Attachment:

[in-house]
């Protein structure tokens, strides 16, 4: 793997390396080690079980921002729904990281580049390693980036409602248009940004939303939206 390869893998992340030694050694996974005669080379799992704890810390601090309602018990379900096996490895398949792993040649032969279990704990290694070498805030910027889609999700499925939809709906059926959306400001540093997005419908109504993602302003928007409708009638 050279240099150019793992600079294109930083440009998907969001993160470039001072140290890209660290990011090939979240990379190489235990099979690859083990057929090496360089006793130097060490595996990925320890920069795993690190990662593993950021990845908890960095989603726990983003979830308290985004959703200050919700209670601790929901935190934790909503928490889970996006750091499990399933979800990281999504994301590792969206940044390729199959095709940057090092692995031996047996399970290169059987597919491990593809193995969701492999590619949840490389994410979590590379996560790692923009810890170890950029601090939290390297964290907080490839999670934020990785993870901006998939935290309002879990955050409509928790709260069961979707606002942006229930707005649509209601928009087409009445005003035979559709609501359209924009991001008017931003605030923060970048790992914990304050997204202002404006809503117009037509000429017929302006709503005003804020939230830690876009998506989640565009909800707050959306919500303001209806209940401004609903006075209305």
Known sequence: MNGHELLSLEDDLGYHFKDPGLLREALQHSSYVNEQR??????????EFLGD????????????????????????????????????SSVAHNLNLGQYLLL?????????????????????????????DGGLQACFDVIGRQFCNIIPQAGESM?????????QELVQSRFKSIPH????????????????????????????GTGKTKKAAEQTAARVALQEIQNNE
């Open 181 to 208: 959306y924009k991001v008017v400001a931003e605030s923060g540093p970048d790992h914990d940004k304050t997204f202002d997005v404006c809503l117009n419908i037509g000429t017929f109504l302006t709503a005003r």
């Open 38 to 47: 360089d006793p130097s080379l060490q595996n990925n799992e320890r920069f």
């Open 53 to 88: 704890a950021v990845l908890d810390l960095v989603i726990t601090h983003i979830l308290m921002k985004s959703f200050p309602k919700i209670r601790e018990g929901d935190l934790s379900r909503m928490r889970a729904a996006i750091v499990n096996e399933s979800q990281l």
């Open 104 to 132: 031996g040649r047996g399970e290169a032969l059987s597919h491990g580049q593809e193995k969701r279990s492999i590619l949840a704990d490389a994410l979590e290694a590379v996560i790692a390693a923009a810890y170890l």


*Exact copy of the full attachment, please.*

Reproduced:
[in-house]
């Protein structure tokens, strides 16, 4: 793997390396080690079980921002729904990281580049390693980036409602248009940004939303939206 390869893998992340030694050694996974005669080379799992704890810390601090309602018990379900096996490895398949792993040649032969279990704990290694070498805030910027889609999700499925939809709906059926959306400001540093997005419908109504993602302003928007409708009638 050279240099150019793992600079294109930083440009998907969001993160470039001072140290890209660290990011090939979240990379190489235990099979690859083990057929090496360089006793130097060490595996990925320890920069795993690190990662593993950021990845908890960095989603726990983003979830308290985004959703200050919700209670601790929901935190934790909503928490889970996006750091499990399933979800990281999504994301590792969206940044390729199959095709940057090092692995031996047996399970290169059987597919491990593809193995969701492999590619949840490389994410979590590379996560790692923009810890170890950029601090939290390297964290907080490839999670934020990785993870901006998939935290309002879990955050409509928790709260069961979707606002942006229930707005649509209601928009087409009445005003035979559709609501359209924009991001008017931003605030923060970048790992914990304050997204202002404006809503117009037509000429017929302006709503005003804020939230830690876009998506989640565009909800707050959306919500303001209806209940401004609903006075209305």
Known sequence: MNGHELLSLEDDLGYHFKDPGLLREALQHSSYVNEQR??????????EFLGD????????????????????????????????????SSVAHNLNLGQYLLL?????????????????????????????DGGLQACFDVIGRQFCNIIPQAGESM?????????QELVQSRFKSIPH????????????????????????????GTGKTKKAAEQTAARVALQEIQNNE
């Open 181 to 208: 959306y924009k991001v008017v400001a931003e605030s923060g540093p970048d790992h914990d940004k304050t997204f202002d997005v404006c809503l117009n419908i037509g000429t017929f109504l302006t709503a005003r």
């Open 38 to 47: 360089d006793p130097s080379l060490q595996n990925n799992e320890r920069f």
């Open 53 to 88: 704890a950021v990845l908890d810390l960095v989603i726990t601090h983003i979830l308290m921002k985004s959703f200050p309602k919700i209670r601790e018990g929901d935190l934790s379900r909503m928490r889970a729904a996006i750091v499990n096996e399933s979800q990281l």
């Open 104 to 132: 031996g040649r047996g399970e290169a032969l059987s597919h491990g580049q593809e193995k969701r279990s492999i590619l949840a704990d490389a994410l979590e290694a590379v996560i790692a390693a923009a810890y170890l």